Assessing Patient and Community-Level Social Factors; The Synergistic Effect of Social Needs and Social Determinants of Health on Healthcare Utilization at a Multilevel Academic Healthcare System

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We investigated the role of both individual-level social needs and community-level social determinants of health (SDOH) in explaining emergency department (ED) utilization rates. We also assessed the potential synergies between the two levels of analysis and their combined effect on patterns of ED visits. We extracted electronic health record (EHR) data between July 2016 and June 2020 for 1,308,598 unique Maryland residents who received care at Johns Hopkins Health System, of which 28,937 (2.2%) patients had at least one documented social need. There was a negative correlation between median household income in a neighborhood with having a social need such as financial resource strain, food insecurity, and residential instability (correlation coefficient: -0.05, -0.01, and − 0.06, p = 0, respectively). In a multilevel model with random effects after adjusting for other factors, living in a more disadvantaged neighborhood was found to be significantly associated with ED utilization statewide and within Baltimore City (OR: 1.005, 95% CI: 1.003–1.007 and 1.020, 95% CI: 1.017–1.022, respectively). However, individual-level social needs appeared to enhance the statewide effect of living in a more disadvantaged neighborhood with the OR for the interaction term between social needs and SDOH being larger, and more positive, than SDOH alone (OR: 1.012, 95% CI: 1.011–1.014). No such moderation was found in Baltimore City. To our knowledge, this study is one of the first attempts by a major academic healthcare system to assess the combined impact of patient-level social needs in association with community-level SDOH on healthcare utilization and can serve as a baseline for future studies using EHR data linked to population-level data to assess such synergistic association.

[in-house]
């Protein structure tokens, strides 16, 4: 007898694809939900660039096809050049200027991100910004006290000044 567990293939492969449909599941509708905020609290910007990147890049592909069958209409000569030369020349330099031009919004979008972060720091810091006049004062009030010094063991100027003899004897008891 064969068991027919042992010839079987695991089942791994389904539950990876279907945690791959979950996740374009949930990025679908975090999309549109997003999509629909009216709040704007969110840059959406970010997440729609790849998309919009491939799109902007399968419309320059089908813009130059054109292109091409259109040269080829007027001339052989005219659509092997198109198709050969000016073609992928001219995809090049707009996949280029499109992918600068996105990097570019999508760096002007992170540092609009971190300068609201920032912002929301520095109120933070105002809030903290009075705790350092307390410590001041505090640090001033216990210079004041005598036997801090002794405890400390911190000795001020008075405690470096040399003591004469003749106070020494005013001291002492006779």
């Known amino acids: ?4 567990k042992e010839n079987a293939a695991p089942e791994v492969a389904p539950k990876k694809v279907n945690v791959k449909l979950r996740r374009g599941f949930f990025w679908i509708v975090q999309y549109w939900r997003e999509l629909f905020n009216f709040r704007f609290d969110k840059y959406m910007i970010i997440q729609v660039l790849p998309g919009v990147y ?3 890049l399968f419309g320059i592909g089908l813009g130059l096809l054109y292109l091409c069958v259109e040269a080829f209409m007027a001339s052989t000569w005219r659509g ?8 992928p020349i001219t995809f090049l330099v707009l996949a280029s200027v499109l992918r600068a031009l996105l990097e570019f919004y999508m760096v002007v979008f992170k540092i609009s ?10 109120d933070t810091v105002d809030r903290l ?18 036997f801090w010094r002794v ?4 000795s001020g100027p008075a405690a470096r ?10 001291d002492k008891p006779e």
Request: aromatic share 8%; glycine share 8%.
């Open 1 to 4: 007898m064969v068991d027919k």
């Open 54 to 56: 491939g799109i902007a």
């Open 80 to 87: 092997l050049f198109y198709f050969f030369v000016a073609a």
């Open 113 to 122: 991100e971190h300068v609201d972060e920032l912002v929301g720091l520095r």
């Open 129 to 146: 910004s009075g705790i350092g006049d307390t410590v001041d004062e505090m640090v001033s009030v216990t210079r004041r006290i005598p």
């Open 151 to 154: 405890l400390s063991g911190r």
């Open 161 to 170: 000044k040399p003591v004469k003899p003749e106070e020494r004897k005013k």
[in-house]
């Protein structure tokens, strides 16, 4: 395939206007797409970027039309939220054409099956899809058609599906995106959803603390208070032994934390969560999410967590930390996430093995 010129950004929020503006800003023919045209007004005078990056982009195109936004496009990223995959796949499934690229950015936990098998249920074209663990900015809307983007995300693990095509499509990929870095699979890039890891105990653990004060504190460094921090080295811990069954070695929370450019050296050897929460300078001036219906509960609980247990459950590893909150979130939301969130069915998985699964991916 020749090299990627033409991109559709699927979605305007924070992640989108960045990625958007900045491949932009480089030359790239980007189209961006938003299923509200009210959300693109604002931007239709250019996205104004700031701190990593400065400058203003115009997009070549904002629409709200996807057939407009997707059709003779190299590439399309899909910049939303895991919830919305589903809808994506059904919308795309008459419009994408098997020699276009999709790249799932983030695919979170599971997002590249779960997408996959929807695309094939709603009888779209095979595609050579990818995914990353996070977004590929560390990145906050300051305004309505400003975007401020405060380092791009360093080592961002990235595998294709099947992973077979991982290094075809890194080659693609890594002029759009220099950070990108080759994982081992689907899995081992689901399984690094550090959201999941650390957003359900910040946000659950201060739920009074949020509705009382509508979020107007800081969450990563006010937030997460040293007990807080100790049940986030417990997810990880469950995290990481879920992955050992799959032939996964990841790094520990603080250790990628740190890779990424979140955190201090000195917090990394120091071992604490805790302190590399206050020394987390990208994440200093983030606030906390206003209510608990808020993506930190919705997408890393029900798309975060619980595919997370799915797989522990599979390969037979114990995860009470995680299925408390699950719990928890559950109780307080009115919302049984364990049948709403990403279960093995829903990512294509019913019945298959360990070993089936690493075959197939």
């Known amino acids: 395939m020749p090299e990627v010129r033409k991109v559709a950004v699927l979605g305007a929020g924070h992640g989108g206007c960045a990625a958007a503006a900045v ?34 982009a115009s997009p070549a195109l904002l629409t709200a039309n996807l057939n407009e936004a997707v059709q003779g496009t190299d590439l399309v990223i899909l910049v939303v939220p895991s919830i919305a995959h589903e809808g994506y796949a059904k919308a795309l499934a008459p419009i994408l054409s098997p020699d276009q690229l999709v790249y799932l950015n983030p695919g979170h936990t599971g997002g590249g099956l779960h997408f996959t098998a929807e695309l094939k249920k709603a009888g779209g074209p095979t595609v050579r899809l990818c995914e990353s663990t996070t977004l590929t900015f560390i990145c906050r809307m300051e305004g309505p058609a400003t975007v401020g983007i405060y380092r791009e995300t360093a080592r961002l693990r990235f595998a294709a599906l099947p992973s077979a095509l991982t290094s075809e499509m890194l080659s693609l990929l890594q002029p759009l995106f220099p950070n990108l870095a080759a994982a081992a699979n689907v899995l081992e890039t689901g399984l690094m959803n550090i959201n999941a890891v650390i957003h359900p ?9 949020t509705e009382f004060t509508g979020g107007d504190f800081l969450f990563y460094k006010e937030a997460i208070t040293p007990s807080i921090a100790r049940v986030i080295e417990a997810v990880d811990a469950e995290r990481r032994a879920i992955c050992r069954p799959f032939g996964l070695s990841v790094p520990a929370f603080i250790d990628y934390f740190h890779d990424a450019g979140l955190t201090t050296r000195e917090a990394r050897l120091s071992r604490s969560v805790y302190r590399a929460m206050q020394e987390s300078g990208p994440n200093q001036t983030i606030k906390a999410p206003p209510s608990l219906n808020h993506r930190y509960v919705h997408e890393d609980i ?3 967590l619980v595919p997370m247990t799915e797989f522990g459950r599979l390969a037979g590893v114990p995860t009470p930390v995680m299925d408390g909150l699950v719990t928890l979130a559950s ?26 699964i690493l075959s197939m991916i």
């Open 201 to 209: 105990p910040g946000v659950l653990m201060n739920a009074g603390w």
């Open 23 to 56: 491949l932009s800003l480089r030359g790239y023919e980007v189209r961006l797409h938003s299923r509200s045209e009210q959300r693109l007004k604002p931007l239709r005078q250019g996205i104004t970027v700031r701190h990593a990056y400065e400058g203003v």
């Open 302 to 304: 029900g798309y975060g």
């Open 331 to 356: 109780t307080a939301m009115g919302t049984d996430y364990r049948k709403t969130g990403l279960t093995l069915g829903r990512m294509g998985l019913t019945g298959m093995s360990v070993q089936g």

Original languageEnglish (US)
Article number95
JournalJournal of medical systems
Issue number1
StatePublished - Dec 2023


  • Correlation
  • Emergency Department Visit
  • Social Determinants of Health
  • Social Needs
  • Synergistic effect

ASJC Scopus subject areas

  • Medicine (miscellaneous)
  • Information Systems
  • Health Informatics
  • Health Information Management

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